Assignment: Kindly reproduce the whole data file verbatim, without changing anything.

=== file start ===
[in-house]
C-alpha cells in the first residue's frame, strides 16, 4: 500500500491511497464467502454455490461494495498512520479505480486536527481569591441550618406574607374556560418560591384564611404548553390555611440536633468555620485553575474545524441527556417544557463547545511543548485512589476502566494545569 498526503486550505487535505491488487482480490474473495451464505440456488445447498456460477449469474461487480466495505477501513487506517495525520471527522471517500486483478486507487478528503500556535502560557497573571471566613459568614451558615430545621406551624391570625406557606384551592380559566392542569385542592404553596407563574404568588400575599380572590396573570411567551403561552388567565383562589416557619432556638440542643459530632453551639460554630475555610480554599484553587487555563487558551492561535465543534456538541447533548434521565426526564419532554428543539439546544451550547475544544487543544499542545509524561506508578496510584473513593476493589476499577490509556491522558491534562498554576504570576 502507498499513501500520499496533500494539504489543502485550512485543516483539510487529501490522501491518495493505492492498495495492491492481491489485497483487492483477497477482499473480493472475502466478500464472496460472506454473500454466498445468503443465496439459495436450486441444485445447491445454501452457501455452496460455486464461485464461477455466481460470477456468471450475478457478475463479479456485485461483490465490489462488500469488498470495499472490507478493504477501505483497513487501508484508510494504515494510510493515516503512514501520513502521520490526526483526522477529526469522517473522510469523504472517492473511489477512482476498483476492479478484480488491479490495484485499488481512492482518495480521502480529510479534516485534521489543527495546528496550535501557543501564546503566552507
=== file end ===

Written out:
[in-house]
C-alpha cells in the first residue's frame, strides 16, 4: 500500500491511497464467502454455490461494495498512520479505480486536527481569591441550618406574607374556560418560591384564611404548553390555611440536633468555620485553575474545524441527556417544557463547545511543548485512589476502566494545569 498526503486550505487535505491488487482480490474473495451464505440456488445447498456460477449469474461487480466495505477501513487506517495525520471527522471517500486483478486507487478528503500556535502560557497573571471566613459568614451558615430545621406551624391570625406557606384551592380559566392542569385542592404553596407563574404568588400575599380572590396573570411567551403561552388567565383562589416557619432556638440542643459530632453551639460554630475555610480554599484553587487555563487558551492561535465543534456538541447533548434521565426526564419532554428543539439546544451550547475544544487543544499542545509524561506508578496510584473513593476493589476499577490509556491522558491534562498554576504570576 502507498499513501500520499496533500494539504489543502485550512485543516483539510487529501490522501491518495493505492492498495495492491492481491489485497483487492483477497477482499473480493472475502466478500464472496460472506454473500454466498445468503443465496439459495436450486441444485445447491445454501452457501455452496460455486464461485464461477455466481460470477456468471450475478457478475463479479456485485461483490465490489462488500469488498470495499472490507478493504477501505483497513487501508484508510494504515494510510493515516503512514501520513502521520490526526483526522477529526469522517473522510469523504472517492473511489477512482476498483476492479478484480488491479490495484485499488481512492482518495480521502480529510479534516485534521489543527495546528496550535501557543501564546503566552507